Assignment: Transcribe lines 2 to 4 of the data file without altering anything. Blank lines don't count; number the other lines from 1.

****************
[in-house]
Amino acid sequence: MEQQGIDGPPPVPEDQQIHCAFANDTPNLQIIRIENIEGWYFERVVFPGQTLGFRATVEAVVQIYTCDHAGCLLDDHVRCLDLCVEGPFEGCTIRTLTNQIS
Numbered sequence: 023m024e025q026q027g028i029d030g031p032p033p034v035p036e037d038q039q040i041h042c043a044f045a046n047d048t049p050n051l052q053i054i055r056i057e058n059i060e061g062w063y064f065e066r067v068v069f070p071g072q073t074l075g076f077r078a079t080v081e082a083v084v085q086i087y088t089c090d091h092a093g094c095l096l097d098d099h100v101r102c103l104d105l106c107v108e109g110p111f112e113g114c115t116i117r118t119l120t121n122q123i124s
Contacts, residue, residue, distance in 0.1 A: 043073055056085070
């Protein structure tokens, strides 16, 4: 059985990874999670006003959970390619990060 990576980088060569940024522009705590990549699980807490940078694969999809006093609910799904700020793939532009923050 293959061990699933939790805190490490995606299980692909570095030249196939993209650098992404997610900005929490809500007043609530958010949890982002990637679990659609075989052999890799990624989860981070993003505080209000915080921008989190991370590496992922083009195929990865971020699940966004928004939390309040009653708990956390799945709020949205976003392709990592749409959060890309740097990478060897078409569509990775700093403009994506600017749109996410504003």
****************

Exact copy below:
Amino acid sequence: MEQQGIDGPPPVPEDQQIHCAFANDTPNLQIIRIENIEGWYFERVVFPGQTLGFRATVEAVVQIYTCDHAGCLLDDHVRCLDLCVEGPFEGCTIRTLTNQIS
Numbered sequence: 023m024e025q026q027g028i029d030g031p032p033p034v035p036e037d038q039q040i041h042c043a044f045a046n047d048t049p050n051l052q053i054i055r056i057e058n059i060e061g062w063y064f065e066r067v068v069f070p071g072q073t074l075g076f077r078a079t080v081e082a083v084v085q086i087y088t089c090d091h092a093g094c095l096l097d098d099h100v101r102c103l104d105l106c107v108e109g110p111f112e113g114c115t116i117r118t119l120t121n122q123i124s
Contacts, residue, residue, distance in 0.1 A: 043073055056085070